One component of the ICAO Language Proficiency Rating (LPR) Scale is idiomatic language, which refers to the use of phrases and expressions that have a figurative meaning different from their literal meaning. Idiomatic language comes under the umbrella of ‘Vocabulary’. For example, while many learners are familiar with the term “extinguish a fire,” its idiomatic counterpart “put out a fire” may pose more of a challenge.


The ICAO LPR Scale for Vocabulary

The LPR Scale evaluates idiomatic language based on how appropriately and effectively it is used in communication:

🔸 LEVEL 6 - Vocabulary is idiomatic, nuanced, and sensitive to register.

🔸 LEVEL 5 - Vocabulary is sometimes idiomatic.

🔸 LEVEL 4 - No mention of idiomatic language.


Fun Fact: There are many opponents to the inclusion of idiomatic language in the rating scale, arguing that it contradicts the necessity for clarity and brevity in radio communications. However, for the time being, we must accept and work within these parameters, regardless of personal opinions.


What is Idiomatic Language?

Idiomatic language includes a wide range of expressions that convey meaning beyond the literal interpretation of the words. Here are a few examples:



Idioms are phrases whose meanings cannot be inferred from the literal meanings of the words.

☆ Kick the bucket: to die. “Before I kick the bucket, I’d like to travel around Asia.”

☆ Piece of cake: something easy. “Nobody expects their first solo flight to be a piece of cake.”



Proverbs are short, commonly known sayings that express a general truth or piece of advice.

☆ Actions speak louder than words: what you do is more important than what you say. “In aviation, actions speak louder than words when it comes to safety protocols.”

☆ Any port in a storm: in an emergency situation, any solution is acceptable. “When all engines fail, any port in a storm will do!.”



Phrasal verbs consist of a verb and a preposition or adverb that modifies the verb's meaning.

☆ Take off: to remove clothing or to leave the ground (as in an aircraft). “The plane will take off in ten minutes.”

☆ Give up: to stop trying or to surrender. “The pilot refused to give up despite the loss of flight controls.”

☆ Look after: to take care of. “The flight attendants look after the passengers’ needs during the flight.”

☆ Run out of: to exhaust the supply of something. “The crew had to make an emergency landing because they were about to run out of fuel.”



Colloquialisms are informal words or phrases used in everyday conversation. Not usually acceptable in formal writing.

☆ Gonna: going to. “I’m gonna check the flight plan one more time.”

☆ Wanna: want to. “Do you wanna be the pilot flying for the first leg?

  Auntie: aunt. “My favourite auntie will be coming to visit tomorrow.”



Slang consists of informal language and expressions that are often specific to particular groups or cultures.

☆ Cool: excellent or impressive. “That aerobatic manoeuvre was really cool.”

☆ Gobsmacked: amazed or astonished. “I was gobsmacked by the view from the cockpit.”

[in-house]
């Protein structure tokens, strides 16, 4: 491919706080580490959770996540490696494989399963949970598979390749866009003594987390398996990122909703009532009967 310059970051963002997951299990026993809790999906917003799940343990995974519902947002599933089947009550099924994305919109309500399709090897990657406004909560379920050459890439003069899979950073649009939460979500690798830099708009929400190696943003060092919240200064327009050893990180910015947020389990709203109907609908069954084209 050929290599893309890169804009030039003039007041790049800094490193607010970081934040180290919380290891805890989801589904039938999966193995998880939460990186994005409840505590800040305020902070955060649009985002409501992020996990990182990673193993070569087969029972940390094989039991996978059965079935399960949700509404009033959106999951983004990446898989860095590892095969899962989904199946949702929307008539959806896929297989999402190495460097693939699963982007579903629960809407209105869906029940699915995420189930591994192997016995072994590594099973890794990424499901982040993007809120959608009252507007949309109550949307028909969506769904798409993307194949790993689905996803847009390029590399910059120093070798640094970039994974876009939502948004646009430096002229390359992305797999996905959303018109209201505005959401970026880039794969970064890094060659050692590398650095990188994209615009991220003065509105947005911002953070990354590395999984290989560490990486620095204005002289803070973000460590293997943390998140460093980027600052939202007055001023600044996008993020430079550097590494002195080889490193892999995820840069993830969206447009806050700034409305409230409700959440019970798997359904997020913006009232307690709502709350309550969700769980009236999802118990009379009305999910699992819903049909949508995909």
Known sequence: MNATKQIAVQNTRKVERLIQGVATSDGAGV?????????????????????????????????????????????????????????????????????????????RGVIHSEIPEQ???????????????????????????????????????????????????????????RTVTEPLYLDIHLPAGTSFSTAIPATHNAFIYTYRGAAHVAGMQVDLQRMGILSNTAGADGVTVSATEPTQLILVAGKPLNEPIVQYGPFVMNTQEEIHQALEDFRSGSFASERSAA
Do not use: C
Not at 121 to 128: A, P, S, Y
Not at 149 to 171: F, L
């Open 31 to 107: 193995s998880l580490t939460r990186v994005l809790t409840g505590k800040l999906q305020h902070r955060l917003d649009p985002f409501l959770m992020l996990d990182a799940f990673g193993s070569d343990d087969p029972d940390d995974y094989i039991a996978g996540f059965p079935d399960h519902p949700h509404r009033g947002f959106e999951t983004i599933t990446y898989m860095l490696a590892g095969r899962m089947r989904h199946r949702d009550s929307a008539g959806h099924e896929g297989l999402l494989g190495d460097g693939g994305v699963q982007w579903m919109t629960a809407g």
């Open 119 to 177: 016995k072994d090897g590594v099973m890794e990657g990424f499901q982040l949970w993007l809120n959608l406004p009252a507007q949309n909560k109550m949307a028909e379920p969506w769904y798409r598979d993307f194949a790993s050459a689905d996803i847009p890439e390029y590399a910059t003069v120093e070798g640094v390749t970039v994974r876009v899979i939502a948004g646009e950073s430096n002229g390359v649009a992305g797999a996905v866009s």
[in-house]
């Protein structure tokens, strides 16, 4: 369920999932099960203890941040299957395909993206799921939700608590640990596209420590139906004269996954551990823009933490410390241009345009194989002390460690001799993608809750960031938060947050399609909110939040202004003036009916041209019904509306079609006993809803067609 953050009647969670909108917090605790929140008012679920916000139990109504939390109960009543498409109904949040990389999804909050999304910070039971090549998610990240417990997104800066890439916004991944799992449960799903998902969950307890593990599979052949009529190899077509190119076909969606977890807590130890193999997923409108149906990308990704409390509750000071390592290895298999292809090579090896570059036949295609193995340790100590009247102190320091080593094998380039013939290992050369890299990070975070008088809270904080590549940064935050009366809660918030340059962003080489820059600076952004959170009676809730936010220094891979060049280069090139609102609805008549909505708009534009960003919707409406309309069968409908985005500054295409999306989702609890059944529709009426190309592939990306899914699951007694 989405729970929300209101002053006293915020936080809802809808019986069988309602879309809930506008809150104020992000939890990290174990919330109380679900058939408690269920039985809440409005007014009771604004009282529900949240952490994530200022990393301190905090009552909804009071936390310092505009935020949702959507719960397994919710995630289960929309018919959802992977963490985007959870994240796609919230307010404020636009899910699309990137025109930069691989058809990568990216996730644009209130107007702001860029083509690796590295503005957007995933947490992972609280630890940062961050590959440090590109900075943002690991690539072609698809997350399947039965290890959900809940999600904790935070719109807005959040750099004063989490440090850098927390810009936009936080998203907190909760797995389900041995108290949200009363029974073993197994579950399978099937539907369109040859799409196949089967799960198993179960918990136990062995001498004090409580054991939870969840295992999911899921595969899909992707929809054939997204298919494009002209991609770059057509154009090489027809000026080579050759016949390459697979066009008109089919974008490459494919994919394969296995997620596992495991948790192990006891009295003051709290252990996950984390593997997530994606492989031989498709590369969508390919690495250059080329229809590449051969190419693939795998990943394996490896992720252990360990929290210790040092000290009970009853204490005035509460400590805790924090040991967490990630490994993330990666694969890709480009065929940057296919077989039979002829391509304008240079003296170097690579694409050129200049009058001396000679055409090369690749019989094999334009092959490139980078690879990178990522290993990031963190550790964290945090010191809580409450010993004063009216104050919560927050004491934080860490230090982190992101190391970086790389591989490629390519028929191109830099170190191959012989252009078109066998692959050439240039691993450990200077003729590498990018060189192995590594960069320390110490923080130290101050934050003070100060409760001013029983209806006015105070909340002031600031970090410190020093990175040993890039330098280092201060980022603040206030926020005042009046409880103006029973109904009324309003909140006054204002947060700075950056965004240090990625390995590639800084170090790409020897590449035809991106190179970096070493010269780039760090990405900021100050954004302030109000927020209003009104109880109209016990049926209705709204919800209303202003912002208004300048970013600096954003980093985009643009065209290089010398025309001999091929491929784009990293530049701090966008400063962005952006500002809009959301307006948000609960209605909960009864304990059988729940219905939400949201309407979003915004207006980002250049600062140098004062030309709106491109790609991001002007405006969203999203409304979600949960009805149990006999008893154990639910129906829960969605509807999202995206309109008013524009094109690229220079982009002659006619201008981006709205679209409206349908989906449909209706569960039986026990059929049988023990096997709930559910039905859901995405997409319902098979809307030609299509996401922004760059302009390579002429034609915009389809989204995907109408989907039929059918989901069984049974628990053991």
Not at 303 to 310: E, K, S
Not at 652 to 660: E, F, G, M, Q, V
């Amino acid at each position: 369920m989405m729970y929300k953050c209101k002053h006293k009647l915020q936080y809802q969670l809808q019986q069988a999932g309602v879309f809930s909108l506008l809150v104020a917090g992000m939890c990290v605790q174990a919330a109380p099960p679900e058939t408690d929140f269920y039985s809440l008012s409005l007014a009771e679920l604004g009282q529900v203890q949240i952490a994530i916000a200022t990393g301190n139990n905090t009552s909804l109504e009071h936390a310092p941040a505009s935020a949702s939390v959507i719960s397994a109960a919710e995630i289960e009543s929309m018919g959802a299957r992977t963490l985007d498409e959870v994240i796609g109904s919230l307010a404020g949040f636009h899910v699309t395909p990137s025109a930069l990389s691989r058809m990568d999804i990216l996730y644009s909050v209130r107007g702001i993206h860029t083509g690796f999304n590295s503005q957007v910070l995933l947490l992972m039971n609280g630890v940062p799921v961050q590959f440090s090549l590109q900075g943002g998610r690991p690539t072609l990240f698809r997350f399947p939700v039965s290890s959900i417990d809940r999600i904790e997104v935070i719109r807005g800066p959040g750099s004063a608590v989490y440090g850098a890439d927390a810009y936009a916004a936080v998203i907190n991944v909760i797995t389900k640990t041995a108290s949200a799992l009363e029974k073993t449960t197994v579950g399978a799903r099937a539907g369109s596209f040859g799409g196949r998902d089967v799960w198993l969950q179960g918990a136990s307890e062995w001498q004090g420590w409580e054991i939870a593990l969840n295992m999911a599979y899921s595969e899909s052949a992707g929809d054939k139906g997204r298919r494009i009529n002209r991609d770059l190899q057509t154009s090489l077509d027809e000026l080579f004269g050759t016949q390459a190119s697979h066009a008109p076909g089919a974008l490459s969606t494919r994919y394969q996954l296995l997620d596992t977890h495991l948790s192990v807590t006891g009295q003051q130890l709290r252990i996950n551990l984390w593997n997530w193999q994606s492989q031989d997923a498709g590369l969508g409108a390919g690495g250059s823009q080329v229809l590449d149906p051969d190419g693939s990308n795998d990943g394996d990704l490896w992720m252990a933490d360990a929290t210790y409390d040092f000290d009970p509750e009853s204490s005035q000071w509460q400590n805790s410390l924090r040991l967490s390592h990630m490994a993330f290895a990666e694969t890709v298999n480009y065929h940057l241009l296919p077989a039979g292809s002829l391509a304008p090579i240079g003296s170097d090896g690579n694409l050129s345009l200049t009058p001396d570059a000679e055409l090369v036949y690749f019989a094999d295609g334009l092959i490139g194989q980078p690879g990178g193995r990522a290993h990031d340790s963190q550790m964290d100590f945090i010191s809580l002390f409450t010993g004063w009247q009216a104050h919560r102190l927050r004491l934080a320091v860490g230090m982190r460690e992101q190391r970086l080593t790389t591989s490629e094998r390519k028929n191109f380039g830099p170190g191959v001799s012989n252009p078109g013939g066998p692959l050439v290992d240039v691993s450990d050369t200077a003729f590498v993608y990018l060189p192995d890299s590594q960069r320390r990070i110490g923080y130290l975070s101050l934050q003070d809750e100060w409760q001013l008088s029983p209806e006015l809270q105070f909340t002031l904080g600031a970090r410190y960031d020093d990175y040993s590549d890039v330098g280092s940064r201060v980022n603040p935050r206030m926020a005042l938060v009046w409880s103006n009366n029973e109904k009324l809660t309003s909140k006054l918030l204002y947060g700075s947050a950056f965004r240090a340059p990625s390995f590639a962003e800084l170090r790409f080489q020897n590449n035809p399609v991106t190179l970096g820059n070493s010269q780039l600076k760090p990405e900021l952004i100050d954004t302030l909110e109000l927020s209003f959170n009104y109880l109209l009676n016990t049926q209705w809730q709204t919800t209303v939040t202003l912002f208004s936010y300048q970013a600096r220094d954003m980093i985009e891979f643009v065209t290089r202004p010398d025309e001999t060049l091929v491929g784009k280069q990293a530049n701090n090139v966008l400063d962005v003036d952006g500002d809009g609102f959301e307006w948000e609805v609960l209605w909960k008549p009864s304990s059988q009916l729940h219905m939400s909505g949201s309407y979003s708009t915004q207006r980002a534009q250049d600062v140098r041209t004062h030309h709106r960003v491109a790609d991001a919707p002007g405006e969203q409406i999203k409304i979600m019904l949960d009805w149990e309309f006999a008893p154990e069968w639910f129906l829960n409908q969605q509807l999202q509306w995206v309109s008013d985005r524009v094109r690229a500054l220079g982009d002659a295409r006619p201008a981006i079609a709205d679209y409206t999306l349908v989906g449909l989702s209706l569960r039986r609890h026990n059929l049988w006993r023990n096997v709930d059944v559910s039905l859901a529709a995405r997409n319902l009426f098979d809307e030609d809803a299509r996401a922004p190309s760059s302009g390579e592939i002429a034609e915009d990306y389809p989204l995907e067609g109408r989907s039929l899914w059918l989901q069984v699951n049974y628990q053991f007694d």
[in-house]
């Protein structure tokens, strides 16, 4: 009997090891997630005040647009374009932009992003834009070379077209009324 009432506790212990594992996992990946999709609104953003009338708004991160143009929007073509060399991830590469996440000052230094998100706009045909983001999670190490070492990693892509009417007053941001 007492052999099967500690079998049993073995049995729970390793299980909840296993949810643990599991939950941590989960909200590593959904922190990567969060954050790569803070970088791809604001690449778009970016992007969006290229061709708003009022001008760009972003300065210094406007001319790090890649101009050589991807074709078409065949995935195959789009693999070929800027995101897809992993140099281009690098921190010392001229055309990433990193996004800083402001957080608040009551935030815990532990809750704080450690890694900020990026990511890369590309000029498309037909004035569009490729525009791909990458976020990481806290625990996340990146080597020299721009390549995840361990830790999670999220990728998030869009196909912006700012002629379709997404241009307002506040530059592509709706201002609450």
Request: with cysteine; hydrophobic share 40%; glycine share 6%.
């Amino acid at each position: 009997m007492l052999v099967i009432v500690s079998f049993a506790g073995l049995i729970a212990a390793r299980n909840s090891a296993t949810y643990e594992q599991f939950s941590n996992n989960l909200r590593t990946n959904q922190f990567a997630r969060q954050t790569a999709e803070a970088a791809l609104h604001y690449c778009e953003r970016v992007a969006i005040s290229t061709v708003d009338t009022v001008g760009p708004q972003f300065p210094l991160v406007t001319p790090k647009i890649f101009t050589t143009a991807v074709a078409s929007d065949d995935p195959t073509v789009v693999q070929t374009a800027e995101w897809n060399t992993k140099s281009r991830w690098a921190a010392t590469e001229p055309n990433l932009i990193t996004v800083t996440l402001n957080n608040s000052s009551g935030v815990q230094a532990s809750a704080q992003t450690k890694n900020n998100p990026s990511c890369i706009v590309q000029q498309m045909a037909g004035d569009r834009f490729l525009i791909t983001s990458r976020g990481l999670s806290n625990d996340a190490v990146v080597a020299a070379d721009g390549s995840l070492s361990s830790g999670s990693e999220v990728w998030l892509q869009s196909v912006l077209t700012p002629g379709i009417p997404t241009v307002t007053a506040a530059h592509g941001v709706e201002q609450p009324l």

☆ Crash: to fall asleep quickly. “After the long flight, I just want to crash.”



Metaphors are figures of speech that describe an object or action as something it is not, to imply a comparison. Similes are comparisons between two different things using "like" or “as."

☆ He has a heart of stone: unsympathetic. “Despite his reputation for having a heart of stone, the pilot showed great compassion during the emergency.”

☆ As brave as a lion: very brave. “The pilot was as brave as a lion during the emergency landing.”

☆ Slept like a baby: slept very well and peacefully. “After the long-haul flight, I slept like a baby.”


🗣️ Hyperbole

Hyperbole involves exaggerated statements that are not meant to be taken literally but emphasise a point.

☆ I’m so hungry I could eat a horse: very hungry.

☆ I’ve told you a million times: many times.

☆ I have a ton of homework to do: lots of homework.


🗣️ Idiomatic Comparisons

These are specific types of idioms that compare one thing to another in a figurative way.

☆ Fit as a fiddle: to be in good health. “Even at the age of 80, Grandpa is as fit as a fiddle.”

☆ Busy as a bee: very busy. “Since the new restaurant opened, the staff have been busy as a bee, serving customers from morning till night.”

☆ Blind as a bad: having poor eyesight. “The pilot joked that he was as blind as a bat, causing the passengers to feel very uneasy.”


Enhancing Your Idiomatic Skills

For those looking to improve their understanding of idiomatic language in aviation, context is key. It’s not just about memorising phrases but understanding when and how to use them appropriately. Engaging with native speakers, keeping a journal of new language, watching movies, reading books, and consistent practice can all help. Remember, proficiency in idiomatic language might not be useful for your everyday tasks, but it could enhance your communicative competence and confidence, particularly in unexpected or informal scenarios.

So, while you might not use slang or colloquialisms in official communications, knowing them could enrich your interactions and understanding of English in both personal and professional aviation contexts.


Learn More About the ICAO Scale

For more insights into the ICAO Scale and its various components, check out my other blog posts on Fluency, Discourse Markers, and Pronunciation - Intonation, Stress, and Rhythm.


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